OCZ announced a Thunderbolt SSD drive - OCZ Lightfoot- at CES 2012. We are still awaiting pricing and availability information. However, it looks much thinner and smaller than the Elegato Thunderbolt. This will be very popular with mission-critical users - such as news gathering video - because it marries the high speed potential of Thunderbolt with very durable, shock-resistant storage media. Bear in mind, however, that SSD isn't rated to go to the extreme temperatures that special military hard drives can.
Seagate has a Thunderbolt adapter for their GoFlex range of portable hard drives. The retail price is $99 USD.
All miniDisplay to hdmi converters and cables should be Thunderbolt compatible - as long as they are designed to support both video AND audio data. For a list of some of the ones that advertise themselves as Thunderbolt compatible - please see our post, "Thunderbolt HDMI converters". We are particularly partial to iWires, because of their reliability. Check out: "iWires Mini DisplayPort to HDMI converter and cable (Thunderbolt)".
Sonnet has just released an ExpressCard/34 'reader' that connects to Thunderbolt. This desktop interface device has a Thunderbolt cable at one end and a box to insert PCIe-based ExpressCard/34 adapters on the other, thus creating Thunderbolt connectivity for any of your legacy cards. Because the device is hot-swappable, they are much easier to swap in and out than if they were installed inside a PCI slot of your desktop computer. Here is a list of Sonnet-compatible PCIe cards that can then be plugged into the device (including, SATA connectors, Firewire 800 ports, USB 3.0 port, Flash Memory card readers, Gigabit Ethernet port... to name a few). To read a more in-depth overview of the product, check out this post on AnandTech.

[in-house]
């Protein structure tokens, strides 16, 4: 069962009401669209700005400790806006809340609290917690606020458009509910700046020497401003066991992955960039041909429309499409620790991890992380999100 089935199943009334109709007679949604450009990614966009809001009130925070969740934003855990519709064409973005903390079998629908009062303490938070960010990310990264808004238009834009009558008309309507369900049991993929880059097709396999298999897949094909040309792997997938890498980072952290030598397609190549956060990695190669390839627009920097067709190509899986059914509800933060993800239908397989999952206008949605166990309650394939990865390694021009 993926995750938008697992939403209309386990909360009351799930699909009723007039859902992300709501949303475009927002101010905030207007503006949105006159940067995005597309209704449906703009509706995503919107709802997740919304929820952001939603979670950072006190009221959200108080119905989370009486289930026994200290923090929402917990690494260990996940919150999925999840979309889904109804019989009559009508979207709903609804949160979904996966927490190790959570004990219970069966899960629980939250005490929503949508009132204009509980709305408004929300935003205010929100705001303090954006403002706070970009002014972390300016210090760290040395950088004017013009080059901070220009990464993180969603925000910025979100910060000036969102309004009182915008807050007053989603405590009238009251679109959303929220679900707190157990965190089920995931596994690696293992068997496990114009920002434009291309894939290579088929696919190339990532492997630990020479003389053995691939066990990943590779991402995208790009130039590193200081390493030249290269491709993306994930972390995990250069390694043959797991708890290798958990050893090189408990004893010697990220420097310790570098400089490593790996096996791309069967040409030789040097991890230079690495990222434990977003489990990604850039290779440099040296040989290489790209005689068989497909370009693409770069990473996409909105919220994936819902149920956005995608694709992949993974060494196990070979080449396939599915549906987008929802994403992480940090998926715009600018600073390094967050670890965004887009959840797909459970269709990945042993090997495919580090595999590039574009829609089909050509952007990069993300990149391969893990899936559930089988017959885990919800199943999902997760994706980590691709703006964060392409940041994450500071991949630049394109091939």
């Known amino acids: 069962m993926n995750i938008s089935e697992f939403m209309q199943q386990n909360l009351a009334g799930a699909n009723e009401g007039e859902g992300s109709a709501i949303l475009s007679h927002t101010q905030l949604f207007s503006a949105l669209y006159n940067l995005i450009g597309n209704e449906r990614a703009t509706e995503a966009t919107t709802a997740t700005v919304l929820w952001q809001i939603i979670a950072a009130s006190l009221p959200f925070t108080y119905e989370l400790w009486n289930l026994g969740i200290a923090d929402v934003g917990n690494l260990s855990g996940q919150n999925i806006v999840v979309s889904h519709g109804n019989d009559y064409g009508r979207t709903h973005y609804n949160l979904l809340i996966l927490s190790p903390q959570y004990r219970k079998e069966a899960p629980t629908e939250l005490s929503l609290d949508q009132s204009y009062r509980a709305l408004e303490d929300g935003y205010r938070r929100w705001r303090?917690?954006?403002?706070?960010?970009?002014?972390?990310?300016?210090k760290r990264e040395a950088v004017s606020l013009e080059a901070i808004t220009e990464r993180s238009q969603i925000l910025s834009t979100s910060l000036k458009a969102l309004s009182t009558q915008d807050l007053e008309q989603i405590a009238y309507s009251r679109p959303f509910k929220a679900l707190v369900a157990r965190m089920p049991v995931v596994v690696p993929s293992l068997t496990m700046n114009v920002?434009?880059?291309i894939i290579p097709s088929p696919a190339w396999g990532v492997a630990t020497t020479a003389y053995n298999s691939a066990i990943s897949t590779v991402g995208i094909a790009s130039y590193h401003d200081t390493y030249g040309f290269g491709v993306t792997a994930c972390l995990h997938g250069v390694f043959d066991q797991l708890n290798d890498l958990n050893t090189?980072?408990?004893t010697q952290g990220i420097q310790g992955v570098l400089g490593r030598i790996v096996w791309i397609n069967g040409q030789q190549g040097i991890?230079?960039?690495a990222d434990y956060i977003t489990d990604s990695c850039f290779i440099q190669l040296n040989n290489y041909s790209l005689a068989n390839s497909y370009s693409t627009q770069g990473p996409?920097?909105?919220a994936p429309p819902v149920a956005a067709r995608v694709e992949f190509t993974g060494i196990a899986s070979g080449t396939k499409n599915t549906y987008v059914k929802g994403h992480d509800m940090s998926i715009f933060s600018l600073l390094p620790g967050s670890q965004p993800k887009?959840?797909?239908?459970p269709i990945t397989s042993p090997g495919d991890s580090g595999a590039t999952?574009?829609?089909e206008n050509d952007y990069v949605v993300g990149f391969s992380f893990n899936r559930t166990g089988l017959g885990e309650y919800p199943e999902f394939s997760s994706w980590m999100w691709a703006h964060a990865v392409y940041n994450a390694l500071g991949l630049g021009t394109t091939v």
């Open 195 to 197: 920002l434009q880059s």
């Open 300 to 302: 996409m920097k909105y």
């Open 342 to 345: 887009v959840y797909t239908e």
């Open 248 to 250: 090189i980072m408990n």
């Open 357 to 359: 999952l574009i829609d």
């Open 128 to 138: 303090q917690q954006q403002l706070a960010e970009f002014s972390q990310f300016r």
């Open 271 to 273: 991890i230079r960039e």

BlackMagic Design has just released a video capture and playback device that supports Thunderbolt, allowing it to work with 3D video streams. It can capture from analog, SDI and HDMI video streams and provide uncompressed playback for video editing purposes. For more information, check out the product on BlackMagic Design's website.
Apple has also upgraded its line of monitors by producing a Thunderbolt compatible 27 inch display. Basically, this display comes with a magsafe and thunderbolt cable to recharge your MacBook Air, while connecting the monitor to its Thunderbolt port. Then, in the back of the monitor is another Thunderbolt port, so that you can daisy chain a bunch of Thunderbolt compatible devices to it (and, hence, to your MacBook Air as well).
Matrox has a product called the TripleHead2Go DP Edition that will allow you to connect your MacBook via Thunderbolt to a triple monitor setup in order to provide a single 5760x1080 desktop (@50Hz) across all three monitors. Read our post - "Three Monitor Video Card with Thunderbolt Support" - for more details.
There are rumours of Thunderbolt audio interfaces in the pipeline. For instance, a Thunderbolt port could be used to supply power to a phantom microphone as well as capturing its data.
Why should I care about Thunderbolt?
If you work with applications that need higher sustained data throughput - like video editing - then Thunderbolt will be very welcome to you. As hard drives get faster and cheaper - such as for SAS drives - Thunderbolt will offer current enterprise-class speeds at a lower cost.
You can also daisy chain up to seven devices off of a single Thunderbolt port. You will recall that Apple received considerable criticism when its first batch of MacBook Air laptops only had one USB port (now, they have two). In the future, this point will be made moot by the fact that you can interconnect most of your Thunderbolt-compatible devices off of a single port.